Rural Rebranding: Cornwall Rebranding Schemes
- University College Falmouth an Exeter University joined forces to create the combined Universities in Cornwall (CUC).
- The CUC helps graduates set up businesses or secure jobs in knowledge-based companies in Cornwall,
- trying to cut the ‘brain drain’ of graduates leaving Cornwall.
Jamies Olivers Resturant
- It allows people to visit the restaurant but this one restaurant does not rebrand Cornwall through culinary needs. It attracts people because Jamie Oliver is a celebrity and so attracts people who want to live there.
- It trains people with culinary skills and this could be beneficial as these skills are transferable. It allows people to visit for a whole day and experience the whole of Cornwall.
- It trains disadvantaged people and provides them with opportunities.
Coastal Rebranding: Blackpool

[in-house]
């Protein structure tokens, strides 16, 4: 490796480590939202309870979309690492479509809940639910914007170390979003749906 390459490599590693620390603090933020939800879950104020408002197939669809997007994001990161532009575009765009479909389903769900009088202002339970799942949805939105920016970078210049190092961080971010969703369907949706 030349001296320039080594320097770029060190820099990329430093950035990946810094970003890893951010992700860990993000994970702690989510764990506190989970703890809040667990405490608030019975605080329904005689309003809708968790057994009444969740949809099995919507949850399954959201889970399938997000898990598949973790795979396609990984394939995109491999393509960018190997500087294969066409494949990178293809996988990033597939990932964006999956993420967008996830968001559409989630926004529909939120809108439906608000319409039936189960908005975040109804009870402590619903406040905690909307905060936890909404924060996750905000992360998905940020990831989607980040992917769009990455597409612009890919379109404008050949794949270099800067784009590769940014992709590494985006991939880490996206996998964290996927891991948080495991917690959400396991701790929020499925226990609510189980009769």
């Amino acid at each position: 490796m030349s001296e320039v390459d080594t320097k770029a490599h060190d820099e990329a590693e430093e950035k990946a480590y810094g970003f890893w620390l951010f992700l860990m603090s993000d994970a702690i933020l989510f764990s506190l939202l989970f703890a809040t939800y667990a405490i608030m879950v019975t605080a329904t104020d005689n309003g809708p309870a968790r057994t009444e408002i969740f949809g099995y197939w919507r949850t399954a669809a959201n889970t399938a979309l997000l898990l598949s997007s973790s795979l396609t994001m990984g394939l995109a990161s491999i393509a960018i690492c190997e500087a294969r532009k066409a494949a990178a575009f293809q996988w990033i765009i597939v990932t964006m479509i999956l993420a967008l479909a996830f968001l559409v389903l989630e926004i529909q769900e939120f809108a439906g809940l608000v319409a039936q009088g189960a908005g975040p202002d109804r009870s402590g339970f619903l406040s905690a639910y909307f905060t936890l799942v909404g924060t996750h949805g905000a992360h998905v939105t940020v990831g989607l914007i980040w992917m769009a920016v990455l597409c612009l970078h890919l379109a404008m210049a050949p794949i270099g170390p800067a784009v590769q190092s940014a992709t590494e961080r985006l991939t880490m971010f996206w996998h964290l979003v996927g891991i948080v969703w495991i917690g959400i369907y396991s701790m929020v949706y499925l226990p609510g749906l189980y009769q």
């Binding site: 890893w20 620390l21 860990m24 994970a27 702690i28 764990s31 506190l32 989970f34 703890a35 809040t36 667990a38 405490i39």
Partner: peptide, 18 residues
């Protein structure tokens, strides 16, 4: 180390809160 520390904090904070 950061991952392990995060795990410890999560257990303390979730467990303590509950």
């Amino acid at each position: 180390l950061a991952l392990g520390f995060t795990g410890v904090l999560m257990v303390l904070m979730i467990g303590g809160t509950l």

- In 1896 it was a holiday destination however there was a decline in the industry and advances in global tourism
- The rebranding strategies put in place have been focused on bringing in more leisure and tourism
- March 2007 Blackpool council signed a 3 month deal costing £500million to create a 'storm' city and create a multi-themed indoor entertainment centre
- Talbot Gateway - organised by RE Blackpool regeneration company (player)- transforming the run down area into a public plaza and retail space which was beneficial to locals and tourists.
Sustainable Rebranding: Brazil, Curitiba
- Transport is one price for one journey .
- Recycling is promoted in schools .
- 1.5 million tree's planted 54m2 per resident of open space.
- 560 factories, 50,000 jobs and 6000 other enterprises.
- Bottom up approach to rebranding.
Sustainable Rebranding: Leicester
- The UK's first environment city in 1990 and in 1996 won the European sustainability award.
- Lots of schemes took place to conserve wildlife and energy and noise reduction.
- Top down approach to rebranding by a partnership of organisations.